November 1, 2011
Today, the Stop SB 48 campaign, a few weeks off their failure to qualify a ballot referendum to overturn the FAIR Education Act (SB 48), announced that they are “working on an initiative.” For those not following, the FAIR Education Act requires social science lessons in California to include historical contributions of LGBT people and movements, such as “Don’t Ask, Don’t Tell” repeal, alongside other civil rights movements and underrepresented minorities.
An initiative requires collection of the same number of signatures as a referendum (504,760) but one gets more time in which to get complete the process (90 days for a referendum to get title and summary, collect signatures and turn them in vs. 150 days for an initiative). In addition, for an initiative, the 150-day clock starts after title and summary is received from the attorney general, whereas with a referendum that time counts against the 90 days (meaning one must wait for title and summary before collecting signatures, but the 90-day clock has already started ticking). The initiative must also qualify at least 131 days before the next statewide election at which the sponsor is attempting to qualify the measure — in this case, before November 6, 2012. They also must start from scratch — they cannot use the signatures they collected the first time around. There are also additional deadlines depending on how many signatures are collected and which counting method is used by elections officials to verify signatures.
Translation of all of that. The Stop SB 48 campaign claims they collected 497,404 signatures. Let’s say for the moment that isn’t bluster and it’s accurate. A general rule of thumb on collecting signatures is that a percentage (some say around 20%) are invalid for one reason or another — and that is acknowledged below by the campaign itself. So they fell fairly short, even if they aren’t exaggerating. If they get an extra 60 days to collect signatures, will they make it? Maybe. They are facing some tight deadlines, and a lot of that depends on different factors — how much money they raise this time to employ paid signature-gatherers since (with very, very few exceptions) all-volunteer or mostly volunteer efforts don’t make it; whether, after our successful decline-to-sign campaign was mounted, the public will be fooled by the lies that were and will be told by the campaign; how many resources our side has to fight the effort; whether, after the law takes effect in January, the public and/or people who signed the referendum the first time realizes the sky hasn’t and won’t fall on kids in California schools; on and on.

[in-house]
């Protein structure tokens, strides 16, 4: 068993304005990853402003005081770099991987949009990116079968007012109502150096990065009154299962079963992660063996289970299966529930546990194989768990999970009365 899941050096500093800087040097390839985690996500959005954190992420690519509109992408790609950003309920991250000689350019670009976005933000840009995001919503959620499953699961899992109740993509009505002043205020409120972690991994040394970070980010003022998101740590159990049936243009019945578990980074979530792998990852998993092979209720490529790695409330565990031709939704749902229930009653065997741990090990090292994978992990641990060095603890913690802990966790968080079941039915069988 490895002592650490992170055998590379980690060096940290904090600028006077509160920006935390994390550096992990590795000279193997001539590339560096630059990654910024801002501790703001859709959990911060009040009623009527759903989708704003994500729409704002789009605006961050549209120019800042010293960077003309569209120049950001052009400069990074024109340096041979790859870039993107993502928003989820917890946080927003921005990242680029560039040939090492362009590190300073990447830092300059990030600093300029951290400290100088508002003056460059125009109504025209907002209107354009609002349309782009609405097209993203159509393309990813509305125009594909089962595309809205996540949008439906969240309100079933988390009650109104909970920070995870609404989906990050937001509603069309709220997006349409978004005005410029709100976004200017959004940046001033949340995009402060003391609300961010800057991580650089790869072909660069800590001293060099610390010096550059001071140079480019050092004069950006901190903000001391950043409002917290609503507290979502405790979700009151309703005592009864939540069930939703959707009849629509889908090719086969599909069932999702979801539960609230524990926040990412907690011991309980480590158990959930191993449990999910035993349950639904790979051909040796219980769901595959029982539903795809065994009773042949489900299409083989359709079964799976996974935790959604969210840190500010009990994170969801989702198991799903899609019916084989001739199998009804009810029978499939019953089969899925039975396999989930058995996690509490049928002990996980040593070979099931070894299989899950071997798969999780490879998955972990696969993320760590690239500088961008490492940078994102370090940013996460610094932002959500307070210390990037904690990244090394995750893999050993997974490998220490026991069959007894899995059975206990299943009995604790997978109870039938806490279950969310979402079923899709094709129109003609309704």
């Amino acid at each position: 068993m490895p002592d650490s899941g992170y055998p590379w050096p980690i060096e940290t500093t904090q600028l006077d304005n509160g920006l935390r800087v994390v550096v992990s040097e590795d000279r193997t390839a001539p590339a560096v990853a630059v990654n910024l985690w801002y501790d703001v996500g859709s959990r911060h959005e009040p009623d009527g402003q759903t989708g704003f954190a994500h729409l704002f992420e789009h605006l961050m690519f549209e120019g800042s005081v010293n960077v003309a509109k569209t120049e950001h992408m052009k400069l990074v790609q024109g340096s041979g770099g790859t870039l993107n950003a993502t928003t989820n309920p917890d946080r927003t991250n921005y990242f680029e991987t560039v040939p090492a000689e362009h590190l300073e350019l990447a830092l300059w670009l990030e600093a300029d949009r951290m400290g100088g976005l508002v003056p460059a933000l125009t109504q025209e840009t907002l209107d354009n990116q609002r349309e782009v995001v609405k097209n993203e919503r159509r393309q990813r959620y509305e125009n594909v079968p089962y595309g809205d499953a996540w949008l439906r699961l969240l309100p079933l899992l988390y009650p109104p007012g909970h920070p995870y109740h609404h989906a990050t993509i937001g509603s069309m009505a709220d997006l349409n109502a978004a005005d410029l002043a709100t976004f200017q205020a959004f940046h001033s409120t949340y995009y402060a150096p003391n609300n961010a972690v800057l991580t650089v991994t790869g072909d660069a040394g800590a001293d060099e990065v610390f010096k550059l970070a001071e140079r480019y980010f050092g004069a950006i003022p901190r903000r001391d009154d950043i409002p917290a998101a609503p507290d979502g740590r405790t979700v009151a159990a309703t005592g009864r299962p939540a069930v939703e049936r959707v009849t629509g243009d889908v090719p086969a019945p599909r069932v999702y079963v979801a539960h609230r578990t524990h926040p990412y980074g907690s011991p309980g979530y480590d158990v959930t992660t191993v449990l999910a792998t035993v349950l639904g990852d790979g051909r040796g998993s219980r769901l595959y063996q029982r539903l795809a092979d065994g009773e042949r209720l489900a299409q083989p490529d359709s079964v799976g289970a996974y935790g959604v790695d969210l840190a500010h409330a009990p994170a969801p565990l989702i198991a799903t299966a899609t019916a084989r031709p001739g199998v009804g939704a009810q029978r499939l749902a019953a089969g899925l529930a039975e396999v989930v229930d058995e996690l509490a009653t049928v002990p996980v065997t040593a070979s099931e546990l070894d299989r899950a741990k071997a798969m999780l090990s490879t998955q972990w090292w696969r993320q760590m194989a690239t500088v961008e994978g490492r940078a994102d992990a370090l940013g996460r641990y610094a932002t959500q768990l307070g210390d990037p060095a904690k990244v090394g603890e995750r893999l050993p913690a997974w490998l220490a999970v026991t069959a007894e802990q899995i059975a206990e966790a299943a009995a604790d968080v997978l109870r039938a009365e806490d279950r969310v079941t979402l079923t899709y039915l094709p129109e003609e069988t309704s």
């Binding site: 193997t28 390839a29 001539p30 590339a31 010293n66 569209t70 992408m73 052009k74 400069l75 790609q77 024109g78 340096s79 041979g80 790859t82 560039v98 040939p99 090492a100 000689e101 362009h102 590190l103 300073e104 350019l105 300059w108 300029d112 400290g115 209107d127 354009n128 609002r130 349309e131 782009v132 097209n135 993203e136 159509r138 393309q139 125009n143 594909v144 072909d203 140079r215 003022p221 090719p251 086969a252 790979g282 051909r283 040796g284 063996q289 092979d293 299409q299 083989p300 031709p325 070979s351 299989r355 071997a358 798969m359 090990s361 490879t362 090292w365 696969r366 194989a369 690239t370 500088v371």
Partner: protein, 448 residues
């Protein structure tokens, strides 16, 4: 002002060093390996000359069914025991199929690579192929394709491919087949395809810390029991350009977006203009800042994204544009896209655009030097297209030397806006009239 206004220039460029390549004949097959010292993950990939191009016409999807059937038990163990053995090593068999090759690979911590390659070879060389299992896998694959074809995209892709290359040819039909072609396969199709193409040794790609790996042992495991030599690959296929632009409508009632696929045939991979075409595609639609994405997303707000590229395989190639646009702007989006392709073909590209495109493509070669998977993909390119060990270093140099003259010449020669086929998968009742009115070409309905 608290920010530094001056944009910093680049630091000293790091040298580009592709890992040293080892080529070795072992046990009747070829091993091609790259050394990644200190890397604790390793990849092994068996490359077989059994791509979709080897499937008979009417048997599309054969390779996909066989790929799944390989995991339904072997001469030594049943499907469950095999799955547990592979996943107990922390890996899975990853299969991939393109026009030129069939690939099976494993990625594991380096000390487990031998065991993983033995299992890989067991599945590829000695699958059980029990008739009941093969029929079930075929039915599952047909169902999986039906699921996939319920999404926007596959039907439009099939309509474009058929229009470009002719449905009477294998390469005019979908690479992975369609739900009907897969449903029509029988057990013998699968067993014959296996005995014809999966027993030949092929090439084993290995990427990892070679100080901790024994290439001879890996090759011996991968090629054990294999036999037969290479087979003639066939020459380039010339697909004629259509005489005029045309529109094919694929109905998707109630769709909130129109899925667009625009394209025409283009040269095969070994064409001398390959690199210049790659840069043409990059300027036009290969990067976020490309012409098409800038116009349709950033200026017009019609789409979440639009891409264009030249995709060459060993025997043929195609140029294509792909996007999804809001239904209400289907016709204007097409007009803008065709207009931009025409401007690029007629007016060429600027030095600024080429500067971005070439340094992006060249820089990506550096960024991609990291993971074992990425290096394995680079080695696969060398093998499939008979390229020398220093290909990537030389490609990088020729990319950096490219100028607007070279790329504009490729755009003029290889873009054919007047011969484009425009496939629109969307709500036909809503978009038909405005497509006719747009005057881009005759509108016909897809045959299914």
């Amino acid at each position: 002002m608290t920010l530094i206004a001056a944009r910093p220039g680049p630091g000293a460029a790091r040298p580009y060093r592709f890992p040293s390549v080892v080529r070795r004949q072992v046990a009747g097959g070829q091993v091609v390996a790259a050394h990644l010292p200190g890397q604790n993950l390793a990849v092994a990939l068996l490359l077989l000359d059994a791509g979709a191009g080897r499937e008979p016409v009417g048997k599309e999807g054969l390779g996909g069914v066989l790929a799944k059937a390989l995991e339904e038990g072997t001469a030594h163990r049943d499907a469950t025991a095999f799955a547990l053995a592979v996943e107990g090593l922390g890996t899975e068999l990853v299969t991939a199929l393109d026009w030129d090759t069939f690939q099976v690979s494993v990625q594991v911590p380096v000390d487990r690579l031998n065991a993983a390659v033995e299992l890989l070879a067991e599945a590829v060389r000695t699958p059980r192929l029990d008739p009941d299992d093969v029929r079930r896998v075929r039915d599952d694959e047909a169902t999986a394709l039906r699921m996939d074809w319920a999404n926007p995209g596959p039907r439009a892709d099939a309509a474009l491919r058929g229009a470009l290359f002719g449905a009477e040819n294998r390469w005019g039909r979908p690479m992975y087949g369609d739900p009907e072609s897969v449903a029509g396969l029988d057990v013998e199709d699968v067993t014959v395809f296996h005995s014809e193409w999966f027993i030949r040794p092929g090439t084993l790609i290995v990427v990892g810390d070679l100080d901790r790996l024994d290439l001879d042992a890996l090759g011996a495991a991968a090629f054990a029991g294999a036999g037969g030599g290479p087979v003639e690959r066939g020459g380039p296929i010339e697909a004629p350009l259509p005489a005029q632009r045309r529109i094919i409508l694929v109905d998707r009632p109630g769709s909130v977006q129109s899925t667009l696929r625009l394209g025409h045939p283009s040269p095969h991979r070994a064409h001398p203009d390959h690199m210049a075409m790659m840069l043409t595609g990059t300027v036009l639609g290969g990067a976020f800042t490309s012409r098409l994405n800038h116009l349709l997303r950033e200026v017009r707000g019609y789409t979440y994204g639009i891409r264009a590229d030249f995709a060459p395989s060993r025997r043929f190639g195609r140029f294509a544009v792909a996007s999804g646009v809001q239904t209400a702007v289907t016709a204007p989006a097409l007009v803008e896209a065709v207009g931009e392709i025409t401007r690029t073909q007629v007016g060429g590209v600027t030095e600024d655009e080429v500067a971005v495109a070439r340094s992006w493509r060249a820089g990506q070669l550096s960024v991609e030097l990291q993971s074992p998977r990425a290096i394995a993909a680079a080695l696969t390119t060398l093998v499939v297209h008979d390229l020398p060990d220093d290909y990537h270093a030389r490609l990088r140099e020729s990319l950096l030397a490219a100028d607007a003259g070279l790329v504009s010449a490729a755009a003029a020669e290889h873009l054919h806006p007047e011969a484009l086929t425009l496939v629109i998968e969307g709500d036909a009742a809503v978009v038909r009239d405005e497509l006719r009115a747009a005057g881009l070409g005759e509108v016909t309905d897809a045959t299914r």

We’ll be keeping a close eye on this one. It goes without saying that we will need everyone’s help to beat this back a second time. If you haven’t chipped in to our decline-to-sign campaign efforts, please throw some coin in. If you haven’t signed up for updates on the FAIR Education Act and our work to defend it, please do so if you’re interested. Over 12,000 Courage members across California helped beat this back the first time through community education and confronting signature gatherers, along with our coalition partners at EQCA, GSA Network and others. For more on that, check out the link at top. We’ll need everyone’s help again.
The Stop SB 48 campaign e-mail (excerpted) is below and titled “You Won’t Back Down”:
At least that is what many of you are telling us. Our effort to qualify a referendum to overturn SB48, California’s so-called “gay history” bill, came so close to victory but ultimately did not have the signatures. With 504,760 signatures needed, we only came up with 497,404.
It was a remarkable achievement, but not enough.
With the announcement that we could not qualify the referendum, and every day since, we have received inquiries, advice and pleas all pushing us toward another effort to liberate our classrooms from this very bad law.
We hear you and we want California to hear you.
You didn’t back down when the opponents called you names. And you didn’t back down when they made their threats. So why would you stop just because we did not get enough signatures?
To be sure, a referendum was the most direct route to stopping this misguided law in its tracks. The referendum is called the “people’s veto” for a reason. A bill is signed into the law by the Governor. But if the citizens of California can gather enough signatures in 90 days after the Governor signs the legislation, then the law is suspended until the citizens have a chance to vote.
But there are other tools available. An initiative involves a very similar process of gathering signatures, yet the citizens get more time to gather signatures.
We are working on an initiative and will tell you more about that in a number of weeks.
We are also looking into ways to increase our efficiency. Unfortunately a large number of petitions could not be counted because of various errors. Some of the more technical-minded members of our coalition are looking at ways to lower the error rate.